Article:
Prosperity Explosion: Is Income Disparity Necessary for Growth?


Hans Rosling recently released a marvelous video on the relationship between income and life expectancy over the last 200 years (HT). The visualization is stunning.

See it for yourself:

One item worthy of note is how Rosling describes our “remarkable progress” as occurring despite “enormous disparities.” It is a small but important distinction to dissect.

Is it not true that loosening up trade and expanding freedom requires income disparity, or the mere allowance of it? After all, it is during the de-centralization and the individual freedom of the Industrial Revolution that the bottom-left countries started moving decidedly toward the upper right. In a free society, income disparity is typically a sign of efficiency, i.e., maximizing, channeling, and organizing human potential and innovation effectively (thus a subsequent boost to life expectancy).

This isn’t to say that the current extent of income disparity is inevitable, or that all forms of such disparity are signs of efficiency, but overall, you cannot have steady growth without a steady improvement of allocation, and you cannot maximize allocation improvement without allowing for inequality in economic rewards.

Don’t get me wrong. I share Rosling’s optimistic outlook about the future. I do think we can close the gap between “the West and the rest.” It is indeed possible and desirable that we get most people to the healthy-wealthy corner of Rosling’s chart.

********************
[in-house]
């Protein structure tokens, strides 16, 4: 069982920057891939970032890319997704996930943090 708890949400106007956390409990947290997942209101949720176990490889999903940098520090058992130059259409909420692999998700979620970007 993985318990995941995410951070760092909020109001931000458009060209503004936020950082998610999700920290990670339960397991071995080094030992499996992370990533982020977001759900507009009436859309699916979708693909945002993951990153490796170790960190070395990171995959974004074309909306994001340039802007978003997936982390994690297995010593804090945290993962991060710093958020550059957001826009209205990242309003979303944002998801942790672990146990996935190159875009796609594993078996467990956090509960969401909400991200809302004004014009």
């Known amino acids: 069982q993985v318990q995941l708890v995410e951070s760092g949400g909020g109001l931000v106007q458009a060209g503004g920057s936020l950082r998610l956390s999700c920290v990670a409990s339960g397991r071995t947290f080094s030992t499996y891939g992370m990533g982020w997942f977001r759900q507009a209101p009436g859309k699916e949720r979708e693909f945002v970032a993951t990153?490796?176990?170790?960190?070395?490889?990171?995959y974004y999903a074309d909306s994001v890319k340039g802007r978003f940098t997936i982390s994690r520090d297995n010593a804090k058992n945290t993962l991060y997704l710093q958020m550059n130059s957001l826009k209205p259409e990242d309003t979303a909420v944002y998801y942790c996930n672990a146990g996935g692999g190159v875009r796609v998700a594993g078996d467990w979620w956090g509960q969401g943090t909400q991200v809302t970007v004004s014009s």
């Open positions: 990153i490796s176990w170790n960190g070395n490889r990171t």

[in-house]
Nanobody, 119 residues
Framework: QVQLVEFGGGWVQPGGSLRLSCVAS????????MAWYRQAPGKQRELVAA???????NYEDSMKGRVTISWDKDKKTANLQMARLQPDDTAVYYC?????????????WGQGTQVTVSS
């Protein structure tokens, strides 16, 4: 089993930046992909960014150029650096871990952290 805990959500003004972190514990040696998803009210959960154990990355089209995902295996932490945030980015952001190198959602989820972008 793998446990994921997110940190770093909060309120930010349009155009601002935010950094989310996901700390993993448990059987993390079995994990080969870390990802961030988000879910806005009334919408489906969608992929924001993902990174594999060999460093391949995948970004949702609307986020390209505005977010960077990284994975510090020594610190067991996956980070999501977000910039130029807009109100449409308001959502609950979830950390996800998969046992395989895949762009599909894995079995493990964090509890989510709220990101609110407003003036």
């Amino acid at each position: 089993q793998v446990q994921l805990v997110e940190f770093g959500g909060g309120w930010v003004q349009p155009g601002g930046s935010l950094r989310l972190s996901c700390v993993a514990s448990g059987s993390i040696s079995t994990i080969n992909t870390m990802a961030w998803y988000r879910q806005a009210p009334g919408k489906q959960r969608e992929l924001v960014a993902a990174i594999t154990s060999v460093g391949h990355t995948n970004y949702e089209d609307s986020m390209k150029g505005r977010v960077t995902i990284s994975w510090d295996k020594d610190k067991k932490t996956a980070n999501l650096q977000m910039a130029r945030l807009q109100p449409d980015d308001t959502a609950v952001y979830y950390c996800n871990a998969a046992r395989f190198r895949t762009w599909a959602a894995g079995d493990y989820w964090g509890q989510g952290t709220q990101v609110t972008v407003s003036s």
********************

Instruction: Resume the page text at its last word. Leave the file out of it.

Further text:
Hans Rosling, data, visualizationHowever, I don’t think we can accomplish this if we see economic inequality as an evil or a hindrance to our productivity. It is in the countries that view it as such that we consistently find resistance to upper-right movement.

It is not, as Rosling says, despite income disparity that prosperity has exploded; it is in part because freedom-loving people stopped fearing it. We began living lives of individual invention and personal risk rather than cowering beneath crippling insulation and slavish submission.

It is only by allowing for life to happen that we can hope for life to improve.

(Photo Credit)

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